STATUS REPORT: The Seed Bombing of Water Street

We now have almost everything we need to carry out the seed bombing of Water Street on May 1, as you can see from the above photo, which I just snapped in my living room. The seeds arrived today from Native Connections, and, on my way home from work, I purchased 100-pounds of red clay powder from Rovin Ceramics. (I thought that I was going to have to buy the clay online and have it shipped, but I kept searching and finally found Rovin, which is a subsidiary of Motawi Tileworks, through a tip from someone at the Ann Arbor Art Center. Not only were they great people to work with, but we saved quite a bit of money by not having to ship the clay across country. So, we’ll have a little more cash left over than we’d expected, with which we can buy shrubs and the like to augment the plants we’ll be growing from seed.) I also bought a tarp, six dust masks for those individuals who will be mixing the dry clay, and a couple of slingshots, which I thought might be fun to launch seed balls with.

Here’s what we’ve spent thus far.

Clay: $42.40
Seed: $306.92
Dust masks and tarp: $51.82
Slingshots: $33.55
TOTAL: $434.69

And, as of today, we’ve taken in $676.80 from the 27 donors who contributed to our FundRazr campaign. (Thank you so much to all of you. I wasn’t sure what to expect when I launched the campaign, and it was incredibly cool to see us zip past our goal in less than one day.) After the FundRazr and Paypal charges, which were $56.83, that gives us a total of $619.97 to work with.

And, after the charges incurred today, which I outlined above, that leaves us with $185.28.

I’m sure there will be a few more incidental charges here and there, but I expect that we’ll end up spending the bulk of what remains at Wildtype Native Plant Nursery later this spring. (Bill, the owner of Wildtype, has some ideas for shrubs and other plants that might work well with the forbs and grasses we’ll be planting on May Day.)

So, now we need to start focusing on making seed bombs, and preparing the site. I hope to have a little more clarity tomorrow, after I speak with representatives of the two schools that have expressed an interest in being involved, but I’m thinking that we’ll need to set up a few seed bomb making events over the next several days, and at least one site prep day. (My hope is that the students, who are looking for an opportunity for project-based learning, will help not only with the seed bomb making and throwing, but also with the math… marking out our seed bomb target areas, figuring out how many bombs we’ll likely get from 100-pounds of clay, and therefore how much seed to put in each, etc.)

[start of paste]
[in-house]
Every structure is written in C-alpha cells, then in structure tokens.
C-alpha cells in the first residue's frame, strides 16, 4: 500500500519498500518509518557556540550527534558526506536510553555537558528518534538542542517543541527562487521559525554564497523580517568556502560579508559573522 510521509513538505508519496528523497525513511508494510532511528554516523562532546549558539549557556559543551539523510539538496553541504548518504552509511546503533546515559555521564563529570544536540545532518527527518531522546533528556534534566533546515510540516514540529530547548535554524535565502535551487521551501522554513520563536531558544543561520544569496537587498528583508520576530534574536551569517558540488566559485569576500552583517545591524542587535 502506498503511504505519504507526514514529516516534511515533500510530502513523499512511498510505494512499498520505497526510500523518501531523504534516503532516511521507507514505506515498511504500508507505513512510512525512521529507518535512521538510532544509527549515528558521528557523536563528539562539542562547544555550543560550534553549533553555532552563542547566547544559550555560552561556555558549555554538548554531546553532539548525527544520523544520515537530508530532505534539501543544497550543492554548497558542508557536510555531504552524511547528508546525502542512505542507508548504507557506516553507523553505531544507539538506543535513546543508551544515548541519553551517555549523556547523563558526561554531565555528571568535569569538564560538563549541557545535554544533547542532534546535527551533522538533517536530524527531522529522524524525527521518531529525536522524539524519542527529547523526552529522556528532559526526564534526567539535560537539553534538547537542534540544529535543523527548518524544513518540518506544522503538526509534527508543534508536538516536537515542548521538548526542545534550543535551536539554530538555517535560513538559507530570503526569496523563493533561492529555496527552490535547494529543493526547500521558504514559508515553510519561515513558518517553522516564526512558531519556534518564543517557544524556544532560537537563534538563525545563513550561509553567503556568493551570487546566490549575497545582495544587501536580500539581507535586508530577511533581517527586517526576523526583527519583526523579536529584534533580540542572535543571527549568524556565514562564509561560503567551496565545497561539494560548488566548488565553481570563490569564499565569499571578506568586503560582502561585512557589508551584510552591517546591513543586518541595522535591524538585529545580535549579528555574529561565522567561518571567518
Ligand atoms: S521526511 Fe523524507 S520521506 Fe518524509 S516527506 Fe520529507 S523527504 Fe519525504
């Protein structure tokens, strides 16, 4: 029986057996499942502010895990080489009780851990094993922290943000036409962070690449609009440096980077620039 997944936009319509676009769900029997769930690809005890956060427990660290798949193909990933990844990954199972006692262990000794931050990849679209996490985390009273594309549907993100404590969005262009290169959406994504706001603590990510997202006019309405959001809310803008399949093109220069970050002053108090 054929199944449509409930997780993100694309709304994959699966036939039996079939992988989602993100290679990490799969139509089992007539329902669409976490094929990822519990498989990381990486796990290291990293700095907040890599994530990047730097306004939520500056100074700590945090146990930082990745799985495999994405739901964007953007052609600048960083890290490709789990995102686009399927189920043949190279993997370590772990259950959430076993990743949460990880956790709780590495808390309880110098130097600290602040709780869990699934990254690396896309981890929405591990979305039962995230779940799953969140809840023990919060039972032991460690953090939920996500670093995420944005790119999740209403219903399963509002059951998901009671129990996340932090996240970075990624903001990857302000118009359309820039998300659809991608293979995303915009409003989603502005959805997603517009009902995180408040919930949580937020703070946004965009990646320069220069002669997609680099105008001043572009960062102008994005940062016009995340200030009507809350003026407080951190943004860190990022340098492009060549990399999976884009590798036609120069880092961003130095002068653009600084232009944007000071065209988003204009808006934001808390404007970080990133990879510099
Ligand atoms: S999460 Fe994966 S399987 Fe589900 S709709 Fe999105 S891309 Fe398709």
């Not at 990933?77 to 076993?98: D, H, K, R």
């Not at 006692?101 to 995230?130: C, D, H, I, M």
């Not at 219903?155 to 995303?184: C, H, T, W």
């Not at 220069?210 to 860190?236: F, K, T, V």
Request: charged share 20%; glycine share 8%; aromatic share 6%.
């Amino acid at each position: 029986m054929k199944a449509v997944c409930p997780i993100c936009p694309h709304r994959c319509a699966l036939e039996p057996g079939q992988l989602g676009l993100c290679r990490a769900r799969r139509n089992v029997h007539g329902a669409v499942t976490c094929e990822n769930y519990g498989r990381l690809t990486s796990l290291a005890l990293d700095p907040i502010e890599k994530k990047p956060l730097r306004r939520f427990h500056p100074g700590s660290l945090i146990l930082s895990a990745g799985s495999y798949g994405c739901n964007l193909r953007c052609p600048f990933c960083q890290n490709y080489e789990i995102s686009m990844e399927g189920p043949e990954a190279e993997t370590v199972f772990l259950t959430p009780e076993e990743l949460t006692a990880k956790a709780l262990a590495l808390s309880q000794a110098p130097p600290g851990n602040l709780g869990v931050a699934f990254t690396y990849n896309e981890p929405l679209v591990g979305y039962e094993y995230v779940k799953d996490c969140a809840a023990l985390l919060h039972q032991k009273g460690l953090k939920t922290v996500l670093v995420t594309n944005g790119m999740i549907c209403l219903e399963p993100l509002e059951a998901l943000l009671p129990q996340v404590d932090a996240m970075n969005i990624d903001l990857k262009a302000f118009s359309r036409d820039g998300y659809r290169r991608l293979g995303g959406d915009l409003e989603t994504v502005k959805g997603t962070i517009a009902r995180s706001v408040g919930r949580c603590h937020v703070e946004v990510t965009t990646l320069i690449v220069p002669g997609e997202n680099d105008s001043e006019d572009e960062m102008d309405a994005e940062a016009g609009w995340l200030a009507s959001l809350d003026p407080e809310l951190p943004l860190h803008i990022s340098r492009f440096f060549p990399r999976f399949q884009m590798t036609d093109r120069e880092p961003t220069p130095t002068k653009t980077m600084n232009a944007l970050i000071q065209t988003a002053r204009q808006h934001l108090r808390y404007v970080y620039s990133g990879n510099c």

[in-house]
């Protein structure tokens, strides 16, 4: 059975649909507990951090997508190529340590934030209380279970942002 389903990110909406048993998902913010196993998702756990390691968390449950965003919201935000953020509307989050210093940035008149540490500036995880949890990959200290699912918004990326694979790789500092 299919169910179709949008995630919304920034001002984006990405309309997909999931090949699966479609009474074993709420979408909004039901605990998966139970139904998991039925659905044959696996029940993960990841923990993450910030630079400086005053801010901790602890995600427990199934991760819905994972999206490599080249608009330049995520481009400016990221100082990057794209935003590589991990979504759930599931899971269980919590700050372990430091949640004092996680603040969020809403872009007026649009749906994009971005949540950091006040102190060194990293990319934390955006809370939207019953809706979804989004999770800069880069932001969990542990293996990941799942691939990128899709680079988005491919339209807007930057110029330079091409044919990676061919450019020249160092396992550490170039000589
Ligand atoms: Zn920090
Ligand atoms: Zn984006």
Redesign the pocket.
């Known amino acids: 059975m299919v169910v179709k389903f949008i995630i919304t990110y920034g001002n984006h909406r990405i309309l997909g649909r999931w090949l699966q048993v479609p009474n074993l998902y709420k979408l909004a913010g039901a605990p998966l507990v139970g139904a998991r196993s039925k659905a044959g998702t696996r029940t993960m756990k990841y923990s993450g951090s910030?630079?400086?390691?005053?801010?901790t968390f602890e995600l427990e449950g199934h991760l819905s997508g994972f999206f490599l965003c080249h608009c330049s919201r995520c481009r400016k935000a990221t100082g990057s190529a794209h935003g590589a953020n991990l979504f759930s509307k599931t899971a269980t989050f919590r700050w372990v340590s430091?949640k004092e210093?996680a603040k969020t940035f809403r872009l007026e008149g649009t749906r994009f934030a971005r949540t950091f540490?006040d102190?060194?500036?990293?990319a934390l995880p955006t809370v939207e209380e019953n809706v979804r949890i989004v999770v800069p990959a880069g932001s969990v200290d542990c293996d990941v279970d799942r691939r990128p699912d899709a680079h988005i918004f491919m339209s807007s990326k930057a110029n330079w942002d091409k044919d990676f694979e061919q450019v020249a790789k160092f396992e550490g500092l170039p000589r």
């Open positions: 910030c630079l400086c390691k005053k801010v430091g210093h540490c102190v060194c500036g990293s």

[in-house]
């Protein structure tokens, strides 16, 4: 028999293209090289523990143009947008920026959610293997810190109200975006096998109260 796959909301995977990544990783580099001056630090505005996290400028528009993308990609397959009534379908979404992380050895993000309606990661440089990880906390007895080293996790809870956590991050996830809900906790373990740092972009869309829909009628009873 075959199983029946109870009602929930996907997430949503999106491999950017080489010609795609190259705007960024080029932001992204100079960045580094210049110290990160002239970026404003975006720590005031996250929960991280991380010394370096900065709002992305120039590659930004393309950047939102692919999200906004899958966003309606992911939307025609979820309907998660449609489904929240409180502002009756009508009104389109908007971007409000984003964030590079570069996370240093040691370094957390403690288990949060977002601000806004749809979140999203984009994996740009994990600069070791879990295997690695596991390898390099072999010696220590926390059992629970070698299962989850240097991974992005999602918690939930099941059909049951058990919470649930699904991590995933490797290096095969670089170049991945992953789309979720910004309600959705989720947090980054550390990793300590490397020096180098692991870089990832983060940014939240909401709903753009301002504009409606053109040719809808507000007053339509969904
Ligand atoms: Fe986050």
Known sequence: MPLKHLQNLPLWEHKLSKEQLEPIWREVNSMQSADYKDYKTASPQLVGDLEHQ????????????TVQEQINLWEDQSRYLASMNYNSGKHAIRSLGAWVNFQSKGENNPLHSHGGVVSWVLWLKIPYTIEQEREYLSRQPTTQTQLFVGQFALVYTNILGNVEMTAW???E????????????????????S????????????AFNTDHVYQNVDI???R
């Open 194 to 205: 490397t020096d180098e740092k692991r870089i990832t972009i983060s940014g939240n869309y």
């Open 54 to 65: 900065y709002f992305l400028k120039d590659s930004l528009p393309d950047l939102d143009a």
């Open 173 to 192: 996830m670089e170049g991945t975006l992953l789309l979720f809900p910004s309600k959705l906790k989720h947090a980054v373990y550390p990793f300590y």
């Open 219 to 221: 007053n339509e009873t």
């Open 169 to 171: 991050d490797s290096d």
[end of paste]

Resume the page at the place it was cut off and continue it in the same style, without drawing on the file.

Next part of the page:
If you’re interested in helping, and haven’t already, please join the Seed Bomb Water Street Facebook group, as that’s how I intend to distribute most of the details from here on out. And, speaking of Facebook, there’s also now an event page for the May 1 seed bombing, in case you’d like to see who else is planning to attend. (As of right now, it’s only me.)

And, one last thing… The seed bomb throwing is just one of a few different things that will be taking place on Water Street come May Day. I don’t have a comprehensive schedule, but I’m told that events will be taking place from noon onward, culminating in a pot luck at 5:00, so, if you’re coming to toss seed bombs, you might also want to bring a dish to pass… I hope to see you there.

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5 Comments

  1. Edward
    Posted April 23, 2013 at 8:07 am | Permalink

    Someone needs to do time lapse photography of the site, starting now.

  2. Oliva
    Posted April 23, 2013 at 9:07 am | Permalink

    Edward, that is such an excellent idea. Thank you. (Notice I didn’t volunteer–I don’t trust my photographing skills lately [digital cameras are supposed to make it simpler than ever but just hamper me, and my old film camera has a shutter problem]. But I might do my own series as backup. Maybe for those great sunflowers at St. Joe’s too.)

  3. anonymous
    Posted April 23, 2013 at 12:50 pm | Permalink

    Thank you for the thorough accounting.

  4. 734
    Posted April 24, 2013 at 8:34 am | Permalink

    Could the bushes you plant be berry bushes? I realize they don’t want trees on the site, but it would be cool if there were some plants that produced fruit that people could eat. Are raspberries native?

  5. Posted May 8, 2013 at 9:51 pm | Permalink

    OK, I’ve probably lost a few receipts, but here are a few things that need to be subtracted from the $185.28 we had remaining.

    Today, I spent $37 at the Wild Ones native plant sale, buying yarrow, chokecherry and hairy beardtongue.

    And, a few weeks ago, I spent $16.94 at Ace Hardware for soil and a watering can.

    So, we still have over $100 left, which I intend to buy berry bushes with.

    As for yarrow, I’m having second thoughts, having just read the following on Wikipedia. “In one study, aqueous extracts of yarrow impaired the sperm production of laboratory rats.”

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  1. […] I haven’t done a detailed accounting of the funds raised and how we’ve spent them since my last update. I believe, however, that we have about $100 left, and I expect that I spend that relatively soon […]

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